MORRIS – Sneezing, runny nose, itchy, watery eyes, scratchy throat and cough can be symptoms of fall allergies. Related sinus and nasal inflammation can lead to congestion and headaches, causing an overall feeling of miserableness.
“Weed pollen, predominantly ragweed, is the most common trigger for allergic symptoms in the fall,” Dr. Hetal Amin, allergist-Immunologist with Morris Hospital & Healthcare Centers, said in a news release. “Various molds, such as those found in wet mown grass and damp leaves, are another common trigger.”
Amin also notes several lesser-known causes of allergy symptoms.
“Dust mites can contribute to indoor allergies in the fall, since they get stirred into the air when the furnace is first turned on,” Amin said. “Also, foods such as melons, bananas and zucchini can trigger symptoms due to the similarity of their food proteins to ragweed pollen.”
Allergy sufferers typically resort to over-the-counter medications such as antihistamines, nasal sprays and eye drops. While effective when used correctly, many people mistake allergies for cold symptoms and may use the wrong medications.
“Patients generally benefit from seeing an allergist, who can perform skin testing for various indoor and outdoor allergens,” Amin said. “A treatment plan will offer avoidance measures, appropriate medications, or long-term treatment options such as immunotherapy [allergy injections]. Immunotherapy builds the immune system so the patient can tolerate the allergens that trigger their symptoms, rather than suffering from symptoms and guessing which medication will work.”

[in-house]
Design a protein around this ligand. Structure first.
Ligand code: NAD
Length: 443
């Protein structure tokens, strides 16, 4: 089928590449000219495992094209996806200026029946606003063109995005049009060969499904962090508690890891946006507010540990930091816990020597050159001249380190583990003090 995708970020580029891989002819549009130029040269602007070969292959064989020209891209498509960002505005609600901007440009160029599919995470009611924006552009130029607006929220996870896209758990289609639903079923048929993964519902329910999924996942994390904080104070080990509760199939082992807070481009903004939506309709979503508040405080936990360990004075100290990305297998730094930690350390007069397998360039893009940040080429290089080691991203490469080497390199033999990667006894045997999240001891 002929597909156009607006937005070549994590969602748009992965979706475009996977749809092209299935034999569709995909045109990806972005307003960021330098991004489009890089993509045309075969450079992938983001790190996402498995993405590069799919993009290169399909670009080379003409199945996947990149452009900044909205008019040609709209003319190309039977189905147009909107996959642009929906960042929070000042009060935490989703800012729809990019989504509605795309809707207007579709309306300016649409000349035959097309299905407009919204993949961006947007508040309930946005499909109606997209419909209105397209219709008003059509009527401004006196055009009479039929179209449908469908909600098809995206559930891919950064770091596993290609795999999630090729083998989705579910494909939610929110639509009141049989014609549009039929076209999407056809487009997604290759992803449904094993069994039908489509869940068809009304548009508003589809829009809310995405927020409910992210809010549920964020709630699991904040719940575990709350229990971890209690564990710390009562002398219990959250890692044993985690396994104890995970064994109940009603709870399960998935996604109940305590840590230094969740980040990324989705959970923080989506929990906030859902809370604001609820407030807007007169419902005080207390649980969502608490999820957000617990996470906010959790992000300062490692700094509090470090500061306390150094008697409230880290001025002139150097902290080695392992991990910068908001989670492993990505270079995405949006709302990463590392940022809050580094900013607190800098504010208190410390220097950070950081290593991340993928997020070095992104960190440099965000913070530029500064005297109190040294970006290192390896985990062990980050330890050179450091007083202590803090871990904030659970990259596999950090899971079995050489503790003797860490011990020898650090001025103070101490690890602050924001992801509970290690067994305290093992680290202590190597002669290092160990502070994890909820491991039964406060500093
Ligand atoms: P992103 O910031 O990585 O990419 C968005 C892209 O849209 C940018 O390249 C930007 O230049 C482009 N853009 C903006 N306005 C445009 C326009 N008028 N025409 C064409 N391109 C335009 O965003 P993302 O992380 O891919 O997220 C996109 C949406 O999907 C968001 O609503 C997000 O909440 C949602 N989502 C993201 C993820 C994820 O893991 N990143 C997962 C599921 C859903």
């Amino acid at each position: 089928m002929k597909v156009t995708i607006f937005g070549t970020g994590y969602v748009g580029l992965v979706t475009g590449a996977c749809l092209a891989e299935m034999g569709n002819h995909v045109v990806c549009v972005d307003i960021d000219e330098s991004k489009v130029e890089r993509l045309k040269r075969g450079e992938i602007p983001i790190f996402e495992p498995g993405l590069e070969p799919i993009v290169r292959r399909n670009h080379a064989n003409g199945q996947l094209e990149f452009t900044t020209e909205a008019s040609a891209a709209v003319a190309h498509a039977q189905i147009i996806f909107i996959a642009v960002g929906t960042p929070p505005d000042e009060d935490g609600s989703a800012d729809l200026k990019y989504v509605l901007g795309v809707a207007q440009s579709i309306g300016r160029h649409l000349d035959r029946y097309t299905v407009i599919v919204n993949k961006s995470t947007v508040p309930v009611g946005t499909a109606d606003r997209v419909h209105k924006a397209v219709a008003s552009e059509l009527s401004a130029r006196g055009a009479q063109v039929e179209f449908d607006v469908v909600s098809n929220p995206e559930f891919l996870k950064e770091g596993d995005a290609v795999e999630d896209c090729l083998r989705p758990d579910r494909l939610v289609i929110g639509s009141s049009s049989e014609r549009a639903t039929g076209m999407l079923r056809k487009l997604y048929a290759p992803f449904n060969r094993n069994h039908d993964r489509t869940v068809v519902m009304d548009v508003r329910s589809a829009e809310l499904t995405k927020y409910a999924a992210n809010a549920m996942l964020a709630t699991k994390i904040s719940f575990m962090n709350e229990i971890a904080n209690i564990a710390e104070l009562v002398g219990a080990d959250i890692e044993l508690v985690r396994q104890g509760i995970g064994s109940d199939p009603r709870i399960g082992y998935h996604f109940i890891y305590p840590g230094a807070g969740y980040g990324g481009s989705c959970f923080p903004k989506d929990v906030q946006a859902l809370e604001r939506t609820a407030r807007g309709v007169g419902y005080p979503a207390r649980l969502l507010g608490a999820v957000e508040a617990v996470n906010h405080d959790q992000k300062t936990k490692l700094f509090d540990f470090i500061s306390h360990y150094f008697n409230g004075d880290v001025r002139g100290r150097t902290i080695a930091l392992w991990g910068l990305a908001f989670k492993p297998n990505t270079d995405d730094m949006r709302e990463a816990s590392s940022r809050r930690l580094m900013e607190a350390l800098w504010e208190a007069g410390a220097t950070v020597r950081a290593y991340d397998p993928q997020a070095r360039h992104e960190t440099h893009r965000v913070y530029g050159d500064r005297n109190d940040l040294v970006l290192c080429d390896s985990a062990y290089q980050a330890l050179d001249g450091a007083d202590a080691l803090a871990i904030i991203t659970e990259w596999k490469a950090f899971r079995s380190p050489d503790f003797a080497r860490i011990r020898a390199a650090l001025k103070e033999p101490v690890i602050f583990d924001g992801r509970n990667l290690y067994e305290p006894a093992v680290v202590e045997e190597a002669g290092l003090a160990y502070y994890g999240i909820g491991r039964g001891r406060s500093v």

Amin offers many strategies for individuals who suffer from fall allergies, including keeping windows shut, running the air conditioner to recirculate indoor air, and using HEPA filters to trap pollen, dust mites, and mold. She also recommends limiting decongestant nasal sprays to five days, as they can cause “rebound congestion” and make symptoms worse.
Amin has office hours at the Morris Hospital Yorkville Campus and in Channahon at the Morris Hospital Ridge Road Campus.
For information, call 815-705-1300.